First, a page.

Family Treasures

By Nancy Oliver

The fact that I still have – five decades later – the pillow I used as a child probably explains it all. The cover disintegrated years ago during a wash, but the guts of that pillow are the guts in a new throw pillow. No, I can’t let go of the past – and this is a good thing as well as a bad thing.

I’m renovating my family home place. I am the third generation to live here, and the project has become one that does not seem to want to end. Much of this lack of drive toward completion lies with me and within me. I get caught-up in the cleanup and the clearing out.

As elderly relatives have died, I have also been the one to volunteer to clean and sort out their houses. I couldn’t bear the thought of having their belongings tossed into trash bins by paid strangers. My sister calls my boxes of collected items “trash,” but I think of it as sacred trash. I can’t let any of it go until I have observed it all, read it all and interpreted its significance.

I have several boxes of my mother’s things. I know these things were special to her because of the way she wrapped them. Baby girl curls are wrapped in layers of crinkled tissue paper and carefully pushed into envelopes. Beautiful candy boxes hold letters from different people. One stack of envelopes is tied together with a ribbon as blue as my mother’s eyes. These letters – disappointingly unromantic in nature – are from a World War II soldier she had befriended. In these numerous 10-to-12-page letters, he writes of the long days, of missing his Alabama family and of how kind and encouraging my mother has been to him with her letters. Also, with these letters is stored the tiniest, most perfect little ceramic jug I have ever seen. It is the size of a three-chambered peanut in its shell.

I pick up a box of my favorite aunt’s belongings. Aunt Irene lived to be 96. Always healthy, she lived on her own until about three weeks before she died. Her box is full of accountings, to-do lists and itemized itineraries of all the different places she and Curtis, my uncle, had visited. On her 1936 honeymoon, she kept a detailed diary of where she and Curtis visited, what they ate and how much it cost.

The entry from her wedding day reads:

Got married at 4 pm. Drove to newspaper office to have wedding pictures made. Early night.

Another entry from the honeymoon itself reads:

Woke up at 7 am. Went to Niagara. Impressive. Had 2 ham sandwiches, 2 Cokes, 2 pieces of pie. 37 cents! Went to bed at 9:30 pm.

I sometimes just stand and look into my father’s boxes. He could be stern and gruff, but he usually had a smile and funny story for everyone he met. On top is a bulletin from his funeral – the place where I learned of so many good deeds that it still makes me tear up to think of how little I really knew about him. Mr. Lee, for example, told me at my father’s funeral how Daddy had gotten out of bed in January 1962 to come jump his car so that he could get to his shift on time. I pick up a note from Mrs. Lillian, telling me how my father disentangled her cat from a windshield wiper. I pick up his well-read, coverless serviceman’s Bible. In this Bible, he stored a long list of relatives’ names, written on 6-by-9 inch lined tablet paper. I’m guessing that – as he sat in his barracks reading his Bible – he was thinking of his parents and siblings at home and wondering about his own place in the universe, as I so often wonder about mine.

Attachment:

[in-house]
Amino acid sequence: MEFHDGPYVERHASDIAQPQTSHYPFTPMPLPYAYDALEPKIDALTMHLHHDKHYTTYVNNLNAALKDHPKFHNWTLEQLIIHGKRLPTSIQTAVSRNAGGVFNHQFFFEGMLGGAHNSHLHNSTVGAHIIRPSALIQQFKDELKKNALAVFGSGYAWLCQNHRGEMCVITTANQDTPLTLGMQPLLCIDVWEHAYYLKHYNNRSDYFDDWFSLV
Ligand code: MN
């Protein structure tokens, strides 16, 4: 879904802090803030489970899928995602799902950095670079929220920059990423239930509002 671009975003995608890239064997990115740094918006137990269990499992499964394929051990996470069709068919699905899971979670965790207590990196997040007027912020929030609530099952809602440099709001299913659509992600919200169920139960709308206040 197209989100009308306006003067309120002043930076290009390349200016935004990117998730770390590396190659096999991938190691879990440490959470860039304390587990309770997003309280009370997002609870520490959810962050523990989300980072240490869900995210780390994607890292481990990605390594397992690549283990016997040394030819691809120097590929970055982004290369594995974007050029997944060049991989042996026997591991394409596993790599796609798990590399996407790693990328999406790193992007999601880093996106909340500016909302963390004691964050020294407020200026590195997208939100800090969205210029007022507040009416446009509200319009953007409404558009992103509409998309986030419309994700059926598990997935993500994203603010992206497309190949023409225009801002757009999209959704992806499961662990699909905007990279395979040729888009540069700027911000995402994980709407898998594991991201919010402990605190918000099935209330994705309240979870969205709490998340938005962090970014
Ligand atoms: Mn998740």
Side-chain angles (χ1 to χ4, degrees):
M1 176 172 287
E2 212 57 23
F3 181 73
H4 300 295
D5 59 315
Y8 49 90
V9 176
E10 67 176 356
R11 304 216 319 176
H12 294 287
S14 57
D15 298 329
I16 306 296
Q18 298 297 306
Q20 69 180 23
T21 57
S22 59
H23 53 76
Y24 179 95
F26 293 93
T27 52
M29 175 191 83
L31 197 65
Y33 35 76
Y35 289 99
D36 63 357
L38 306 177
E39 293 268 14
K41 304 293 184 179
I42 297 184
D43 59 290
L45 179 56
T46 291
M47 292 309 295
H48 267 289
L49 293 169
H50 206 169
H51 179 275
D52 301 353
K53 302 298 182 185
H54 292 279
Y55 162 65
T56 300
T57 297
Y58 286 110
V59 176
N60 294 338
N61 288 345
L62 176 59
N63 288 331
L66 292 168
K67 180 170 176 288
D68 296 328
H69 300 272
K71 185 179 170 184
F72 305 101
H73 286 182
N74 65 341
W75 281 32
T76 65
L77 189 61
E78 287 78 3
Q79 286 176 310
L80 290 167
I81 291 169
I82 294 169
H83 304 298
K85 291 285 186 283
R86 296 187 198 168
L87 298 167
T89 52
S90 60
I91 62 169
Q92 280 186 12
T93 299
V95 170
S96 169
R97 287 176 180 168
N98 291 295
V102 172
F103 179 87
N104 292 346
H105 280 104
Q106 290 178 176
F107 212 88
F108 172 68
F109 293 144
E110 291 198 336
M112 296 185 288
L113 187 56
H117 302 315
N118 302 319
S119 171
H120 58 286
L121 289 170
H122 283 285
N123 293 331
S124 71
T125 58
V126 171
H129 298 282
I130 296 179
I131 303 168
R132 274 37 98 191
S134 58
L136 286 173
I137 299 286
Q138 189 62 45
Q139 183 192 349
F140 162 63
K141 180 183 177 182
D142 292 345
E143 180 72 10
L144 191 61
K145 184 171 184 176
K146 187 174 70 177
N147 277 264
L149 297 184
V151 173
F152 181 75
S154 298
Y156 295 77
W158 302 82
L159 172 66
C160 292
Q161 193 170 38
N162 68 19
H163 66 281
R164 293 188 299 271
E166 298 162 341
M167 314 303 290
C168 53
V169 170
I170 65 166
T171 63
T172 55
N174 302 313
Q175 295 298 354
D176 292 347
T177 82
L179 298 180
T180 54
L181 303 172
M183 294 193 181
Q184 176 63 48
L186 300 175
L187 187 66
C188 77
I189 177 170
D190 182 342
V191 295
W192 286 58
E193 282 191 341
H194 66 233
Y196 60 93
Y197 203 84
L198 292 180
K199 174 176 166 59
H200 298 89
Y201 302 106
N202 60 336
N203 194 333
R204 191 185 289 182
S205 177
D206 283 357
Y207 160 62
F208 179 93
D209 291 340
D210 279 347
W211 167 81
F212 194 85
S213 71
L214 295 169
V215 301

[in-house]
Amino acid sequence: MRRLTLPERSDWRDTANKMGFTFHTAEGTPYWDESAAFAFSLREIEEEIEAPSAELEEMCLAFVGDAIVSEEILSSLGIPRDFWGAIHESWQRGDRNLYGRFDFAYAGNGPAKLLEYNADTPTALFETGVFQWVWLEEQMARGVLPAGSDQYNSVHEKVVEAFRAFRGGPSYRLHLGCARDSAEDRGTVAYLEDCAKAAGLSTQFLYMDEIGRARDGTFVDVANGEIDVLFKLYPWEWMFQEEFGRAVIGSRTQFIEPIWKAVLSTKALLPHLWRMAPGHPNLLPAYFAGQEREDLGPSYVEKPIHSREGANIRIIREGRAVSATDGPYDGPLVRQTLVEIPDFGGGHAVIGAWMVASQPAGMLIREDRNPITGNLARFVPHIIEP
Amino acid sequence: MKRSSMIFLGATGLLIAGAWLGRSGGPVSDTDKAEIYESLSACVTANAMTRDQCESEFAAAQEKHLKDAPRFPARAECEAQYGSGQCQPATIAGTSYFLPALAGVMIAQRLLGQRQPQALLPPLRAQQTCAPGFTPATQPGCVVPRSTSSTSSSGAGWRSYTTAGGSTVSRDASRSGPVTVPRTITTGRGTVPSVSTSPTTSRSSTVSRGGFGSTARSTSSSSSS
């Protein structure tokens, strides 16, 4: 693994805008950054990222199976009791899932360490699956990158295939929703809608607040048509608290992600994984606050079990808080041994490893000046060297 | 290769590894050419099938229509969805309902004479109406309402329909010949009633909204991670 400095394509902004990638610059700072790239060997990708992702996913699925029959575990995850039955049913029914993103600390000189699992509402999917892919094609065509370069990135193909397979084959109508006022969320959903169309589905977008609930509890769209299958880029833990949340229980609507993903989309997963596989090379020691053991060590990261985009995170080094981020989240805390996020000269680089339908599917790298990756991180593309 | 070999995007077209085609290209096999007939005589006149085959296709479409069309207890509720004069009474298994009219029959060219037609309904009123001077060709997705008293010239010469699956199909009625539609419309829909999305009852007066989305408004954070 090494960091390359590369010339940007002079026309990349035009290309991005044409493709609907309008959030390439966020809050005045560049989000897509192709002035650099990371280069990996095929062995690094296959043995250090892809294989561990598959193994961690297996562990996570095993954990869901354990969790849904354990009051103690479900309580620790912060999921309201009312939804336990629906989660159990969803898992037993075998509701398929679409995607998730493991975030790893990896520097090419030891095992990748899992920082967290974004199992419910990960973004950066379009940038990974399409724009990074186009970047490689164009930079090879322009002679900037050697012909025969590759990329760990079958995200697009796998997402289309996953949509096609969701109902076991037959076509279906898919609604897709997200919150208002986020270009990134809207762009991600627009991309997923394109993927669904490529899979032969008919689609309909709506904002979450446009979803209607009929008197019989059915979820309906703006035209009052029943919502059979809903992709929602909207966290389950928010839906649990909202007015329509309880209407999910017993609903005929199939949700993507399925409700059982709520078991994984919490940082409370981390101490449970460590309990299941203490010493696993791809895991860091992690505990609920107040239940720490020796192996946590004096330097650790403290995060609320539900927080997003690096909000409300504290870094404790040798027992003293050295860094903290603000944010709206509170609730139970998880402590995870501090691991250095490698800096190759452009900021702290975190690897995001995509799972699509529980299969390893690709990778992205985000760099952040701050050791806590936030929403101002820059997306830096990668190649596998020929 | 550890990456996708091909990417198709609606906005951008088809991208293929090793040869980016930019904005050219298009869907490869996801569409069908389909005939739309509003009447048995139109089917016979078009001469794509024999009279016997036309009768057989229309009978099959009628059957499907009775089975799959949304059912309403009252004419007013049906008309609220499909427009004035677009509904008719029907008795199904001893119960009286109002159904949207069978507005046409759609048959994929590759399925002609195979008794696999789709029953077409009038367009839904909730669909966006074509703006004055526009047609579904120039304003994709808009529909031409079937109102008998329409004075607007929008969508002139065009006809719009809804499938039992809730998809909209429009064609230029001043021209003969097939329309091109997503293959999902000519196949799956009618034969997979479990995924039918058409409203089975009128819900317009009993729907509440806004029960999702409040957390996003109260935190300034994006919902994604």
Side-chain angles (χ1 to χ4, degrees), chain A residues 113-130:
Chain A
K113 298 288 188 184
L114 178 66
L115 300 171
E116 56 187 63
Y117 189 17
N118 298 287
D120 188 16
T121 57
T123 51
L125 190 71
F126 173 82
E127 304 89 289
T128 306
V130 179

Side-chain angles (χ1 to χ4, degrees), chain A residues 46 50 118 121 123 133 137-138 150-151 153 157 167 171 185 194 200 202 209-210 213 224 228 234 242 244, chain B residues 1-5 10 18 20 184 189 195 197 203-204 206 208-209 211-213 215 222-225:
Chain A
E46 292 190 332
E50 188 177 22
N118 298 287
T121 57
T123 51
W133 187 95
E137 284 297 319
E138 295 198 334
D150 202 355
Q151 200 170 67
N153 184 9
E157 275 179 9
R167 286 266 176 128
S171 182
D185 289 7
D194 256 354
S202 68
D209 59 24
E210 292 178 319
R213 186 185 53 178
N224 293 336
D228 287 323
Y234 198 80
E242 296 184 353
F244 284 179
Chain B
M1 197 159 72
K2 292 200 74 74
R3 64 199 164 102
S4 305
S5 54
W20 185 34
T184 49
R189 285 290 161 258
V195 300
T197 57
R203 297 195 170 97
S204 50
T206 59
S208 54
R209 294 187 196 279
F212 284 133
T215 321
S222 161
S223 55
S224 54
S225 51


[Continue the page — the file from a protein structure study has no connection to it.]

I have a keen interest in my family’s genealogy and nothing has fueled it like all these details in all these boxes. In one of my mother’s cookbooks, for example, I have found no fewer than 53 different clipped obituaries. Each of these 53 people – I’m guessing – is related to me somehow. They go into a different box for my family tree database update. And that pound cake recipe she clipped out from somewhere and stuck in the “Cakes” section? She never ended up using it; I still have the well-used handwritten version she has of her mother’s pound cake recipe. The recipe clipping was a no-brainer for the trash. See? I can let some things go.

I know that these objects are all just things, but it is these things that fascinate me. I had never considered my mom to be sentimental, yet those saved downy baby curls tell me otherwise. I had never considered my artistic aunt to be so methodical, but those detailed notebooks from her life tell me otherwise. I had never considered my father a person who practiced random acts of kindness, yet since his death I’ve lost count of the number of acts that have been related to me.

And if it hadn’t been for these things – this “trash” – I would never have known these all-important background details about them. This sacred trash has taught me things about them and, just maybe, a few things about myself.

About this writer

  • Nancy OliverNancy Oliver, is a writer and editor who is currently working on the renovation of her family’s 104-year-old farmhouse in rural North Carolina. When she’s not sanding floors, she’s making notes about the life around her.

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One Response to “Family Treasures”

  1. Chari Dodge says:

    I am the keeper of family treasures, too. I have my grandmother-in-law’s cookbook complete with newspaper clippings and handwritten recipes tucked between the pages and my mother-in-law’s large collection of photographs. Many of those photos have no captions or info about the subjects so we only know they were important to Mom…

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